In 2013, the International Advisory Committee on Clinical Trials developed an updated description of the different types of MS, based on advances in the understanding of the disease process and MRI technology.1

In 1996, the National MS Society (NMSS, U.S.) Advisory Committee on Clinical Trials in MS defined the clinical subtypes of MS. This Classification was consensual and was a standard MS practice and clinical research regarding clinical types of MS but imaging and biological correlates were missing.2

The Committee agreed in classifying MS with 4 main types:

Clinical Isolated Syndrome (CIS)

Relapsing-remitting MS (RRMS)

Secondary progressive MS (SPMS)

Primary progressive MS (PPMS)

Clinically Isolated Syndrome (CIS): is a first episode with neurologic symptoms caused by inflammation and demyelination in the central nervous system — which must last at least 24 hours — but does not yet meet the criteria for a diagnosis of the disease. Sometimes, people who have a clinically isolated syndrome will not go on to develop MS. An MRI will better determine the likelihood that someone who has a CIS will develop MS. If lesions on a brain MRI are seen with CIS, there is a higher chance of developing MS.

Relapsing Remitting Multiple Sclerosis (RRMS):  This is the most common form of MS with clear defined phases of relapse (repeat attacks or exacerbations), with progressive worsening of nerve functions with each attack, followed by phases of relief (or remission) where normal conditions are restored partially or completely. RRMS defines in 85 percent of all cases.

Primary Progressive Multiple Sclerosis (PPMS):  This represents a condition with steady progression without early relapses or remissions, and temporary periods of stability. There can also be increasing periods of disability for the patient, either with or without new relapses or MRI lesions. PPMS develops in about 15 percent of MS cases.

Secondary Progressive Multiple Sclerosis (SPMS): This follows RRMS, with continued relapses and progressive neurological damage. Most patients will eventually transition to a secondary progressive course, with worsening of nerve damage, with or without remissions. It can be characterized as either active or not active, and with progression or without progression. Disability gradually increases over time during this course.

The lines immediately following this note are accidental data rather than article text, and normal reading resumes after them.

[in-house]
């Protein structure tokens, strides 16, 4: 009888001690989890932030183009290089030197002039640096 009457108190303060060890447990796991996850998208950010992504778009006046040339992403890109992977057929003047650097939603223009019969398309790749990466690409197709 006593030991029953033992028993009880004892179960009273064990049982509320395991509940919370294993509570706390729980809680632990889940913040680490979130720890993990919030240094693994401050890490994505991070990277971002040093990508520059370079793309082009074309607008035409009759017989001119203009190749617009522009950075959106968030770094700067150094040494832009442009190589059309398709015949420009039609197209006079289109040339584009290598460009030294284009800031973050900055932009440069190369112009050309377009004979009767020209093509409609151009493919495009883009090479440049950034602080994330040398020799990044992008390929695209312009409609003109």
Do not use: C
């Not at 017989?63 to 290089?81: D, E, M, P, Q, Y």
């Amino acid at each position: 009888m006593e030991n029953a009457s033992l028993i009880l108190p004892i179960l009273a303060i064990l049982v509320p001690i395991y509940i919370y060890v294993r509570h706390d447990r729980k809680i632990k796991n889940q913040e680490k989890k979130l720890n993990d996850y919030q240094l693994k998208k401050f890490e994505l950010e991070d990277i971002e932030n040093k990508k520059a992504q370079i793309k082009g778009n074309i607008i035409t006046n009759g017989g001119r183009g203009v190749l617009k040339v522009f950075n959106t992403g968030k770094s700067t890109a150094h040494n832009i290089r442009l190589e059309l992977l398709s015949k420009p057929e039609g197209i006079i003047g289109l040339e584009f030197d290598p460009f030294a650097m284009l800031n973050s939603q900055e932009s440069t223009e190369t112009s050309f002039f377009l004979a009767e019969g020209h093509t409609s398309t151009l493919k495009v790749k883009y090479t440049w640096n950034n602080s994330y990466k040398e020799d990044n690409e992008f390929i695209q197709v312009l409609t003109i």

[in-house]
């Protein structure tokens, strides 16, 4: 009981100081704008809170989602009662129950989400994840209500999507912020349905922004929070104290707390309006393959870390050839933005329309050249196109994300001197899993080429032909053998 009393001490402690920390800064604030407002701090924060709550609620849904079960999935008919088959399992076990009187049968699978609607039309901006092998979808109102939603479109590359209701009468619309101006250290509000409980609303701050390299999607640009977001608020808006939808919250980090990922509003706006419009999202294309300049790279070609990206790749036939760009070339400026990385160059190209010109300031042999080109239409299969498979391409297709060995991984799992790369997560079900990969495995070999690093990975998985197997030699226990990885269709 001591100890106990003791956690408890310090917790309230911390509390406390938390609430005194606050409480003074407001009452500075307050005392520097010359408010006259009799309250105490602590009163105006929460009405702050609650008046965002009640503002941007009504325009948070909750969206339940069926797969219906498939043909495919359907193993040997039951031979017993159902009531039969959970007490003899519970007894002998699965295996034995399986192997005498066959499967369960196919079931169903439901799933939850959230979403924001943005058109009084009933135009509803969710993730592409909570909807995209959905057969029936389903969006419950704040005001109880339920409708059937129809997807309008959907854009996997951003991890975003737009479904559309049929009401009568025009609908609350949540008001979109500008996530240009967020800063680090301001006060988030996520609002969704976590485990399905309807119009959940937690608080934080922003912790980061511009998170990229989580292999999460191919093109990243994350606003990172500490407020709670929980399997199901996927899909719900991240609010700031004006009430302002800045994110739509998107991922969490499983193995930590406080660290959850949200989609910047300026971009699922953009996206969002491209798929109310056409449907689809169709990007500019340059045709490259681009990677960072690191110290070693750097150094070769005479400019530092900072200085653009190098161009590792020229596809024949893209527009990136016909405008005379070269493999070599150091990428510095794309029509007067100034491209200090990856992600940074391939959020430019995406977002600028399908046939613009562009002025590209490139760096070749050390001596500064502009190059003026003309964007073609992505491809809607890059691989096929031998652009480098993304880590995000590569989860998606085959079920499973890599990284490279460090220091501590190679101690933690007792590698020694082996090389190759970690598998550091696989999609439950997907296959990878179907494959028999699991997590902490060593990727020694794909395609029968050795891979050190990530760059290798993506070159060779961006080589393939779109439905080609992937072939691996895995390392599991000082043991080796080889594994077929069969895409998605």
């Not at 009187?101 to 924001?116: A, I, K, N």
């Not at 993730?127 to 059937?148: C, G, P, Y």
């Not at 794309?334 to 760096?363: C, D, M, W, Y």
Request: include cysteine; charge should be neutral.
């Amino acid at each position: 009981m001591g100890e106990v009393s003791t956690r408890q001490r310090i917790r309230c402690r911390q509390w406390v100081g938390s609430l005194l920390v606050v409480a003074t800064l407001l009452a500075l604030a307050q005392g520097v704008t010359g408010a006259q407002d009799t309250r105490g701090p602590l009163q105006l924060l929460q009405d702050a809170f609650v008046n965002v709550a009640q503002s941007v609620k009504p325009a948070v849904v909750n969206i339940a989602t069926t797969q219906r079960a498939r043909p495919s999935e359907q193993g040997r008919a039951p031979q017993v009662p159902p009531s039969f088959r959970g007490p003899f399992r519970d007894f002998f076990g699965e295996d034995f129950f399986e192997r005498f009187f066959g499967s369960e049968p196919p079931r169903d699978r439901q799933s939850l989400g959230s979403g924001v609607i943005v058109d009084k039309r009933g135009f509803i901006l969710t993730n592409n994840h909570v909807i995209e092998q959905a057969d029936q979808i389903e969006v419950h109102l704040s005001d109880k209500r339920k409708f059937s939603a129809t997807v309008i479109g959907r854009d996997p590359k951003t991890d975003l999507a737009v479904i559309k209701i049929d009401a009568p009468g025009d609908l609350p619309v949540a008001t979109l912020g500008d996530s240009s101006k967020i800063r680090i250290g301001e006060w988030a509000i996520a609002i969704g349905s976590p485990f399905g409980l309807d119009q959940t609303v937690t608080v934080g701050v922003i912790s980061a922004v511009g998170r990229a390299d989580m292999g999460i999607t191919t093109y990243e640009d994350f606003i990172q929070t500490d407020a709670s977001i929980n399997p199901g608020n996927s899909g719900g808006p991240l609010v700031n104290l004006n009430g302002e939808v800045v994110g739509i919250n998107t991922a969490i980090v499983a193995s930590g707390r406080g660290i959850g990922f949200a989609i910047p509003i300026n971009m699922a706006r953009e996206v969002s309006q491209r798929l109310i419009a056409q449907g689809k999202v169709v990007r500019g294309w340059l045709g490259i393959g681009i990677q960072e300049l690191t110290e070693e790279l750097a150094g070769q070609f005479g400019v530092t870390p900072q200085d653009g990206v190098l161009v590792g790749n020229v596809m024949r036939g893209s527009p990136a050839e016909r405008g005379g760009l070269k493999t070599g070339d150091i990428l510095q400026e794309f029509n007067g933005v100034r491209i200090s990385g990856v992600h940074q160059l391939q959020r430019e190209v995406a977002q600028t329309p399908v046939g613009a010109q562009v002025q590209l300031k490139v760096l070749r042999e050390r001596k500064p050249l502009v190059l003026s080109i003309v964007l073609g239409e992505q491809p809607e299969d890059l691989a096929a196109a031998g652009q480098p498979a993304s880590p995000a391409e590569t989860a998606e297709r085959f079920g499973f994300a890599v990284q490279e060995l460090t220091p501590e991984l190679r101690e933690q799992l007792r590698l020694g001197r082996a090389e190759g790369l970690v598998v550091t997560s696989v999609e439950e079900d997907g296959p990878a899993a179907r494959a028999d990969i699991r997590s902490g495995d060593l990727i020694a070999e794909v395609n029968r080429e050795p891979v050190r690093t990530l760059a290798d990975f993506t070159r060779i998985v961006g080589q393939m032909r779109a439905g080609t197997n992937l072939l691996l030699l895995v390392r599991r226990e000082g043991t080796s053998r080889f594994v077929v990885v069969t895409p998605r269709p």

Relapsing MS is a term occasionally used to cover both RRMS patients and those who have progressed to SPMS but are actively having relapses.

 

Note: Multiple Sclerosis News Today is strictly a news and information website about the disease. It does not provide medical advice, diagnosis, or treatment. This content is not intended to be a substitute for professional medical advice, diagnosis, or treatment. Always seek the advice of your physician or other qualified health provider with any questions you may have regarding a medical condition. Never disregard professional medical advice or delay in seeking it because of something you have read on this website.

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4 comments

  1. Wife has severe MS. They hit her with a trial. The doctor started her off with Chemotherapy, a drug used for breast cancer called Cytoxan. The idea was to knock out her immune system and rebuild it. She was progressing very very fast all of the sudden. Went from a cane, to a walker, to a wheelchair and diapers within a month after years of taken many MS drugs. The therapy started with 1/2 a gram of Cytoxan for about a month, then the doc decided to up the dose to a gram. That night she had a major seizure. While she has progressed since, it is not as severe and seems to have subsided. While nothing really got better, she has since lost the ability to communicate/speak and has no emotion, it does seem to have helped although she never “Finished” the treatment, and I do not know if it included rebuilding with stem cells which I have read they are now trying. All I can say is I am happy to still have my wife around, if nothing was done, I do not believe she would still be here with us and while I say she has no “feelings” she does seem happy 99% of the time. I do not see any depression or anger which is amazing. I do believe the treatment should be explored more and a gram of Cytoxan for someone who is 4’9″ and 110 lbs is too much …

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